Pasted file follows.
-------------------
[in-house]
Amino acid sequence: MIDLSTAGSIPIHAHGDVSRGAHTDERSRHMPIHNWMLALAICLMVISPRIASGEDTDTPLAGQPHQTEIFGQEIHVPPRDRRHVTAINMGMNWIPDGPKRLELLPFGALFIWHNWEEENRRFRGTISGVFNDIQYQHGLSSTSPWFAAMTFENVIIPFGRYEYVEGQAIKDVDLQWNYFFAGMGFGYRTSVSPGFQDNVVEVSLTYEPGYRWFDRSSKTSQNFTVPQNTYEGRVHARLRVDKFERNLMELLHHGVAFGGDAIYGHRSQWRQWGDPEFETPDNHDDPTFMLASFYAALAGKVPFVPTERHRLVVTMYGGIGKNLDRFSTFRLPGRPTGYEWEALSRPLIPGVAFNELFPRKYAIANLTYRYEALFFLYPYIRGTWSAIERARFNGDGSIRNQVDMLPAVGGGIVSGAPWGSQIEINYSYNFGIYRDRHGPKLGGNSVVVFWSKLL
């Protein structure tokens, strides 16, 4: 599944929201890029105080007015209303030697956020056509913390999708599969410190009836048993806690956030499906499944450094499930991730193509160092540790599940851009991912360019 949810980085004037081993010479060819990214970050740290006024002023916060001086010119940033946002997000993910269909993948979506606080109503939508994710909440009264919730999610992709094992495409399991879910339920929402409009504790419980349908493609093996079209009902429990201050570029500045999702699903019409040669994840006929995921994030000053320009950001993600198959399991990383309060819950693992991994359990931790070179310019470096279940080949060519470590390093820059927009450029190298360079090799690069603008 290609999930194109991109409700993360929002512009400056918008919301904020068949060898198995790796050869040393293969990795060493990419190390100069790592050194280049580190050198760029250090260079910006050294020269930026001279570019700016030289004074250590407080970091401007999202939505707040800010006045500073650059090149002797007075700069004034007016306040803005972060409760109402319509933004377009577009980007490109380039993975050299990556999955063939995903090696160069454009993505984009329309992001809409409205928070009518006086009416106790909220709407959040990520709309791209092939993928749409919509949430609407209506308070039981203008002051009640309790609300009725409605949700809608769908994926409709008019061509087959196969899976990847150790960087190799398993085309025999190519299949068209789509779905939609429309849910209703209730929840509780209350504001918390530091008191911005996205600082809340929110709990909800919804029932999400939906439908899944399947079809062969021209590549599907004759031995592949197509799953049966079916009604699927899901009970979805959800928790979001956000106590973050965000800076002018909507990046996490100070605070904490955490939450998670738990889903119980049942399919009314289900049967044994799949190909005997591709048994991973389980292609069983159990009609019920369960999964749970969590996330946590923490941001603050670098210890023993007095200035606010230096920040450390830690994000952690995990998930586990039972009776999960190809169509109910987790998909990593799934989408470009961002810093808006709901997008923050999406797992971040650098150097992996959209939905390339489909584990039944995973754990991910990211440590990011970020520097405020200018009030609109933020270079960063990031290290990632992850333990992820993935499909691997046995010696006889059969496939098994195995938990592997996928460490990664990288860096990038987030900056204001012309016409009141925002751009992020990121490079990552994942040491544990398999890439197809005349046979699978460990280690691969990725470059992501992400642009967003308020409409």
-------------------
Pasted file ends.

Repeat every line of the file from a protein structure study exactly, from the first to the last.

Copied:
[in-house]
Amino acid sequence: MIDLSTAGSIPIHAHGDVSRGAHTDERSRHMPIHNWMLALAICLMVISPRIASGEDTDTPLAGQPHQTEIFGQEIHVPPRDRRHVTAINMGMNWIPDGPKRLELLPFGALFIWHNWEEENRRFRGTISGVFNDIQYQHGLSSTSPWFAAMTFENVIIPFGRYEYVEGQAIKDVDLQWNYFFAGMGFGYRTSVSPGFQDNVVEVSLTYEPGYRWFDRSSKTSQNFTVPQNTYEGRVHARLRVDKFERNLMELLHHGVAFGGDAIYGHRSQWRQWGDPEFETPDNHDDPTFMLASFYAALAGKVPFVPTERHRLVVTMYGGIGKNLDRFSTFRLPGRPTGYEWEALSRPLIPGVAFNELFPRKYAIANLTYRYEALFFLYPYIRGTWSAIERARFNGDGSIRNQVDMLPAVGGGIVSGAPWGSQIEINYSYNFGIYRDRHGPKLGGNSVVVFWSKLL
């Protein structure tokens, strides 16, 4: 599944929201890029105080007015209303030697956020056509913390999708599969410190009836048993806690956030499906499944450094499930991730193509160092540790599940851009991912360019 949810980085004037081993010479060819990214970050740290006024002023916060001086010119940033946002997000993910269909993948979506606080109503939508994710909440009264919730999610992709094992495409399991879910339920929402409009504790419980349908493609093996079209009902429990201050570029500045999702699903019409040669994840006929995921994030000053320009950001993600198959399991990383309060819950693992991994359990931790070179310019470096279940080949060519470590390093820059927009450029190298360079090799690069603008 290609999930194109991109409700993360929002512009400056918008919301904020068949060898198995790796050869040393293969990795060493990419190390100069790592050194280049580190050198760029250090260079910006050294020269930026001279570019700016030289004074250590407080970091401007999202939505707040800010006045500073650059090149002797007075700069004034007016306040803005972060409760109402319509933004377009577009980007490109380039993975050299990556999955063939995903090696160069454009993505984009329309992001809409409205928070009518006086009416106790909220709407959040990520709309791209092939993928749409919509949430609407209506308070039981203008002051009640309790609300009725409605949700809608769908994926409709008019061509087959196969899976990847150790960087190799398993085309025999190519299949068209789509779905939609429309849910209703209730929840509780209350504001918390530091008191911005996205600082809340929110709990909800919804029932999400939906439908899944399947079809062969021209590549599907004759031995592949197509799953049966079916009604699927899901009970979805959800928790979001956000106590973050965000800076002018909507990046996490100070605070904490955490939450998670738990889903119980049942399919009314289900049967044994799949190909005997591709048994991973389980292609069983159990009609019920369960999964749970969590996330946590923490941001603050670098210890023993007095200035606010230096920040450390830690994000952690995990998930586990039972009776999960190809169509109910987790998909990593799934989408470009961002810093808006709901997008923050999406797992971040650098150097992996959209939905390339489909584990039944995973754990991910990211440590990011970020520097405020200018009030609109933020270079960063990031290290990632992850333990992820993935499909691997046995010696006889059969496939098994195995938990592997996928460490990664990288860096990038987030900056204001012309016409009141925002751009992020990121490079990552994942040491544990398999890439197809005349046979699978460990280690691969990725470059992501992400642009967003308020409409």